How a questionable court hearing sent the Talwars to prison
In many cases, innocents face legal action due to miscarriage of justice. The Aarushi murder was India's defining example. Police declared it an 'open-and-shut' case till their suspect was found dead; CBI accused her parents despite lack of conclusive evidence. The judge's biases sealed her parents' fate. They could have escaped prison, had things gone expectedly in court. Find the disturbing details here.
When the case reached court in 2013, evidence was flimsy. The autopsy doctor had never conducted one on a female and was mystified. Medical opinions were taken from sweepers. A "scientific" test used Shalimar paint as blood. A bizarre ID- email@example.com- was used by CBI to summon the Talwars. A doctor attributed Hemraj's swollen penis to sexual stimulation before death based on the "experience of my marriage".
It was Judge Shyam Lal who heard the case. Lal, who hailed from UP's Banda district, had completed his LLB with first division. In 1985, he joined the judicial service. Twenty-six years later, he became a special CBI judge. Before his retirement in November'13, shortly after the Aarushi verdict, he had heard a Rs. 5,000cr NRHM scam and the Nithari killings, among others.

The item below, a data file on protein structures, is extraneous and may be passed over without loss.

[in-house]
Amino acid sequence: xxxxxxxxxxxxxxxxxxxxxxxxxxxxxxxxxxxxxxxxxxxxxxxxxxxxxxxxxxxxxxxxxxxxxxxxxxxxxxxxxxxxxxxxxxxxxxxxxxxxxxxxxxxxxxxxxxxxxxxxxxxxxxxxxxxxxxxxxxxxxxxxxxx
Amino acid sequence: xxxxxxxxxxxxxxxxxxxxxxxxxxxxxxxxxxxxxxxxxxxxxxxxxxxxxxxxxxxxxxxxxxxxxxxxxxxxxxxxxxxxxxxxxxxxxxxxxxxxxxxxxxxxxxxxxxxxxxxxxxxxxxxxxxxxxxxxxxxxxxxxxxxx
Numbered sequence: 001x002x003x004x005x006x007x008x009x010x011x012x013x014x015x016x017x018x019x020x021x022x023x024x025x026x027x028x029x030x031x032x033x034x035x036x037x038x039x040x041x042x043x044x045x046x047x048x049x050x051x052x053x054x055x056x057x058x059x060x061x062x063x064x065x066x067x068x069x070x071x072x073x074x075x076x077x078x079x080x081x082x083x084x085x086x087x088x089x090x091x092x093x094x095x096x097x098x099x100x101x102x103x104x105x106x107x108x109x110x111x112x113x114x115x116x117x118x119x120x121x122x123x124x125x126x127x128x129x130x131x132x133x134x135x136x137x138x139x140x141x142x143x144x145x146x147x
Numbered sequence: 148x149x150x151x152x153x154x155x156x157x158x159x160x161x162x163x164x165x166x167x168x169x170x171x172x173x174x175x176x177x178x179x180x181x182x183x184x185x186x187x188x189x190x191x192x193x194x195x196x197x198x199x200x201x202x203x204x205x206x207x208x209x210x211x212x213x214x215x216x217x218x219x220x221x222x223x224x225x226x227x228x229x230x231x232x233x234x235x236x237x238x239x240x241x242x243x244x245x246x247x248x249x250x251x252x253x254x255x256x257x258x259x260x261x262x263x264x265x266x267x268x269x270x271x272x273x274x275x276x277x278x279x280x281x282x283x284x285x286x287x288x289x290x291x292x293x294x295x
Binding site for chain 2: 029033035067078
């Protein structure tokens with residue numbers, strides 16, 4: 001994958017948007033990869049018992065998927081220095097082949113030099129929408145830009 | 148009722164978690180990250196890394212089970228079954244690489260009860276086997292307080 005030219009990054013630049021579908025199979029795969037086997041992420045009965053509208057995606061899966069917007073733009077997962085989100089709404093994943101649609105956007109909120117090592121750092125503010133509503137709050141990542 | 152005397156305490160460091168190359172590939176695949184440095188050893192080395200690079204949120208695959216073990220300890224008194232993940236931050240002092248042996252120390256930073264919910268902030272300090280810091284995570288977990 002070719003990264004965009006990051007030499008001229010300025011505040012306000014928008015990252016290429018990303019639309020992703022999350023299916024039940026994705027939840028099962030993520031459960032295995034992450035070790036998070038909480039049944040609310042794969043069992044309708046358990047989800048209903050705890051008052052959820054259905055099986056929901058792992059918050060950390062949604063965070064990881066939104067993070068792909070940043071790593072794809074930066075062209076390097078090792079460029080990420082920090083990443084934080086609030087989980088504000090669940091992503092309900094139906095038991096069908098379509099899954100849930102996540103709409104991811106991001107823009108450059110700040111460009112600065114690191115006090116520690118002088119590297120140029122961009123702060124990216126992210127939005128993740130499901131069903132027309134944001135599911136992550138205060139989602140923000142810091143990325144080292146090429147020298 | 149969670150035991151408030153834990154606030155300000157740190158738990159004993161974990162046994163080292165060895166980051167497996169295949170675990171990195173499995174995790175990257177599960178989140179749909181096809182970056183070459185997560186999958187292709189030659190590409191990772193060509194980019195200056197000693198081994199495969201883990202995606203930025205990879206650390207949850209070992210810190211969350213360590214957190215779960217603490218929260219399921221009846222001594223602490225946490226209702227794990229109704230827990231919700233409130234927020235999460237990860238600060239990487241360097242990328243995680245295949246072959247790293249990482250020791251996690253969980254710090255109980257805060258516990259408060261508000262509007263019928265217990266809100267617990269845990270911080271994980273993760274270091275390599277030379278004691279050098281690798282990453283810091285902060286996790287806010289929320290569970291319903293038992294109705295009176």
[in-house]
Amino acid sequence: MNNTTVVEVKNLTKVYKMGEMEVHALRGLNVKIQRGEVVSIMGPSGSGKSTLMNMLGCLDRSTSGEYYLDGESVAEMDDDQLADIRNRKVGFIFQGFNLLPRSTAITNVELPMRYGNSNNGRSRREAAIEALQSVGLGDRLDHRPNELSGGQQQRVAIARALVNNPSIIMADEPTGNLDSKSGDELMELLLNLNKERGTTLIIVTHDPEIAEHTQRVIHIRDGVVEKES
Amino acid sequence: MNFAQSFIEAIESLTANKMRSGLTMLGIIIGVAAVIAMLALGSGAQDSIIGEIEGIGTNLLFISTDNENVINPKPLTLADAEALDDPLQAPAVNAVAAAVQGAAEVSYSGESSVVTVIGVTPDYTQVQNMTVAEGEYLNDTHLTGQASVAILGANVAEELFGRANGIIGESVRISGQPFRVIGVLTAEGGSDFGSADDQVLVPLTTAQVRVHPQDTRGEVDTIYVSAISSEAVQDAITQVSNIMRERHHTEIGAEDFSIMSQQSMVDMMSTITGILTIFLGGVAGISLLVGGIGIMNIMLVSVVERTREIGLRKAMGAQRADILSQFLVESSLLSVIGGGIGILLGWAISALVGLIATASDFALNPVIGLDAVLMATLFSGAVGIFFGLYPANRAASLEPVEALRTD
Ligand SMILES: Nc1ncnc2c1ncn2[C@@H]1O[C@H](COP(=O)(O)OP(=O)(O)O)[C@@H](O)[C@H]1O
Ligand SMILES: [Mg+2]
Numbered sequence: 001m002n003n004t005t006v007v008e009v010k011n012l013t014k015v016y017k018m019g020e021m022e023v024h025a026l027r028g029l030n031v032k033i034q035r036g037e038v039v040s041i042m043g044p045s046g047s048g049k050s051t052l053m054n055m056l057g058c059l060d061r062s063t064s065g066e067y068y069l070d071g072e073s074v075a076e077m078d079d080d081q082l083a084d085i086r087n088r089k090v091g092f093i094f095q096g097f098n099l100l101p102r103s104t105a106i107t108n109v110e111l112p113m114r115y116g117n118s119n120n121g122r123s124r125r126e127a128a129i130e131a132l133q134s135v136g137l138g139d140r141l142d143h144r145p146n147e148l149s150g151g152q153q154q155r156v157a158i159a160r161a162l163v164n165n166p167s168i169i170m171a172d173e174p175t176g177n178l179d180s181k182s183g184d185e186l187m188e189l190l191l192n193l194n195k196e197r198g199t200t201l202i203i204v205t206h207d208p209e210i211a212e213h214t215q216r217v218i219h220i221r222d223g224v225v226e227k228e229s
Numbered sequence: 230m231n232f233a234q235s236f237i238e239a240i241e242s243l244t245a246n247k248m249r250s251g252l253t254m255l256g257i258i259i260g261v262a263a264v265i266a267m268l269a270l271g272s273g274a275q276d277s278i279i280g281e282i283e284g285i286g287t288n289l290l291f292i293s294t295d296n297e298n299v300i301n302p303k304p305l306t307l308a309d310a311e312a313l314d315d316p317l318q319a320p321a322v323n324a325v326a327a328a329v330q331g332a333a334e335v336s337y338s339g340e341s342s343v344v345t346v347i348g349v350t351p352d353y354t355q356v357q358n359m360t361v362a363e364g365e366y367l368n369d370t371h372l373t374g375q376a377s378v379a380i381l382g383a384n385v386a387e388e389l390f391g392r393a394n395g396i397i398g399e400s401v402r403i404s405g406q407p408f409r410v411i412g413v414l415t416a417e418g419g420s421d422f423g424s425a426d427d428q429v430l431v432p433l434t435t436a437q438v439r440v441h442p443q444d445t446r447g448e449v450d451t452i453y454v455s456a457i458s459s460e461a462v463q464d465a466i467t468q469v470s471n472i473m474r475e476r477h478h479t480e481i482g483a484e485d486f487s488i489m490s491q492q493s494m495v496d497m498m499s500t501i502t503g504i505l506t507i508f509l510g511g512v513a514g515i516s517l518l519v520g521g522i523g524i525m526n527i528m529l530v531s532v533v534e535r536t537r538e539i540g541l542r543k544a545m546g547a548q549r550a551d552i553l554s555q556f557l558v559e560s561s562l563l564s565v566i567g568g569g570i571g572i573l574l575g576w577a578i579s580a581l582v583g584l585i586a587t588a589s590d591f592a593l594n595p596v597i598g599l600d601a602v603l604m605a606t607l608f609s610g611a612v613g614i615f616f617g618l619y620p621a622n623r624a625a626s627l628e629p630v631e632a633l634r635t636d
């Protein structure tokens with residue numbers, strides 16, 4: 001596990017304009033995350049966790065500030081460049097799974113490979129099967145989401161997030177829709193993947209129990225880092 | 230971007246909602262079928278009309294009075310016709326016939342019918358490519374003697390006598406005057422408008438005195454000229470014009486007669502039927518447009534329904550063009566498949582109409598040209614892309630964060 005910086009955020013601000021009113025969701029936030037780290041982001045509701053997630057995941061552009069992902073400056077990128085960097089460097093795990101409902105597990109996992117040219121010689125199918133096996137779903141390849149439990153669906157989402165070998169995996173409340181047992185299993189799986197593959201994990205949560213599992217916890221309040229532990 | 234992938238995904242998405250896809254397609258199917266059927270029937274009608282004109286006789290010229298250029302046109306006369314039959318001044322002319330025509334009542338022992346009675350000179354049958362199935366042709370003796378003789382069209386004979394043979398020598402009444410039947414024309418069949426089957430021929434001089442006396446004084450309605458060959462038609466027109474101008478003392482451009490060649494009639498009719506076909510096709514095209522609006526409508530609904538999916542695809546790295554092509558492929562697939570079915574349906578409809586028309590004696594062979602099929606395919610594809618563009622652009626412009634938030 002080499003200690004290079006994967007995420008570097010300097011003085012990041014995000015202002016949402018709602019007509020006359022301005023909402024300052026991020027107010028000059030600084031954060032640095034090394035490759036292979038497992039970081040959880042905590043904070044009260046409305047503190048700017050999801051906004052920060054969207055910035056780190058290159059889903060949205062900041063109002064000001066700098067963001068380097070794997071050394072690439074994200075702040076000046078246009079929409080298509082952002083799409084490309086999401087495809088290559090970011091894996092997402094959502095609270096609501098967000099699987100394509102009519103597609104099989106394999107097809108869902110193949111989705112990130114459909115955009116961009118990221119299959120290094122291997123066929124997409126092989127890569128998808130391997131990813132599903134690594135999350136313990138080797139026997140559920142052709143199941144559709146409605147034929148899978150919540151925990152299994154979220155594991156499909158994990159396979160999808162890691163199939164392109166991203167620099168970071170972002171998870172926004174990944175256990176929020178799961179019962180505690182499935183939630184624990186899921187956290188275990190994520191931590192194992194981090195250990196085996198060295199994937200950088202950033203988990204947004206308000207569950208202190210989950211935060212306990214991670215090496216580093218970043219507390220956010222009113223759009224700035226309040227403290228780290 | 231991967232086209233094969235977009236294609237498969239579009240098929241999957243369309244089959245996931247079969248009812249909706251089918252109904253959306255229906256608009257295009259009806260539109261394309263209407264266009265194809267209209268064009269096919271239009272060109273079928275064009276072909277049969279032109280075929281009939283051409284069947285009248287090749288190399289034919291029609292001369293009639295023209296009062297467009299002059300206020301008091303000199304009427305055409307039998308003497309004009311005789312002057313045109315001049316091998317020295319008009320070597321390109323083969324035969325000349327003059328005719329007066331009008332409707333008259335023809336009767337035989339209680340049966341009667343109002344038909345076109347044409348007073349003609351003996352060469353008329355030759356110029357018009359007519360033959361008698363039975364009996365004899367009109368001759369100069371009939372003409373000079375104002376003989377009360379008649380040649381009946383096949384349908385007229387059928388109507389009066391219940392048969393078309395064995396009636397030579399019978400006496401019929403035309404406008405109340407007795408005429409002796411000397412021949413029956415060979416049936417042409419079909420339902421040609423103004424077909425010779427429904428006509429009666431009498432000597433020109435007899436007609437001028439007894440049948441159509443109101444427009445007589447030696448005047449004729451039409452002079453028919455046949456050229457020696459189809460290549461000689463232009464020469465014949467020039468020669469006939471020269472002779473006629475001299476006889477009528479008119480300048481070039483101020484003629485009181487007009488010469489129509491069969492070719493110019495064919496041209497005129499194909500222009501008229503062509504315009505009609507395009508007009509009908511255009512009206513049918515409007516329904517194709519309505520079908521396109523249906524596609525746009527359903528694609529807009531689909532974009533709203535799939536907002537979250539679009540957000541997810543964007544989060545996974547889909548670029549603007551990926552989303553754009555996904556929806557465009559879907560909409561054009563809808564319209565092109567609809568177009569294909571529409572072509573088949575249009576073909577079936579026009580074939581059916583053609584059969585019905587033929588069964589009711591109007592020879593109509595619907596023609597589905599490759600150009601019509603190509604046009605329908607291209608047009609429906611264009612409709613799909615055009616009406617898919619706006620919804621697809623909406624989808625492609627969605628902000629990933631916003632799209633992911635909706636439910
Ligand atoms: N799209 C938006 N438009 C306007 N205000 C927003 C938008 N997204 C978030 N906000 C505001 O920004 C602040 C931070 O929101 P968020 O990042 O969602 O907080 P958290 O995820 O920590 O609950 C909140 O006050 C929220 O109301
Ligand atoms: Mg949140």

However, in the court, flaws were obvious. A constable who lifted fingerprints and took pictures couldn't recollect crucial details when cross-examined. A maid of the Talwars openly admitted she's been coached. Surprisingly, crucial evidence acquitting the Talwars recorded by initial investigators were completely overlooked.
According to journalist Avirook Sen, the whole hearing was a sham: Lal had submitted in two weeks a 210-page verdict that would have taken a month to write (estimations according to Lal's son, who helped write it). Time was spent on finding "good words" and arranging an English typist in Ghaziabad; finally a kabab seller was engaged for the purpose.
While acquitting the Talwars four years later, the Allahabad HC observed Lal had "prejudged things" and acted "like a film director". He took evidence "for granted"; used "erroneous analogy" and "vitriolic reasoning" and "tried to thrust coherence amongst facts inalienably scattered". He had relied on his own "partial and parochial approach" and was "unmindful of the basic tenets of law".
For the Talwars, it was a relief like no other. They hugged each other as tears rolled down their eyes when the Dasna jail superintendent told them they were acquitted.
The Indian judiciary is plagued by challenges: a lack of judges and of "scientific maintenance" of data are prime. As of November 2016, there were 27 million pending cases in courts and 4,500 benches vacant. The ones that are in the system have to ensure laws are followed and not let personal beliefs creep in while pronouncing verdicts, or there might be more Talwars.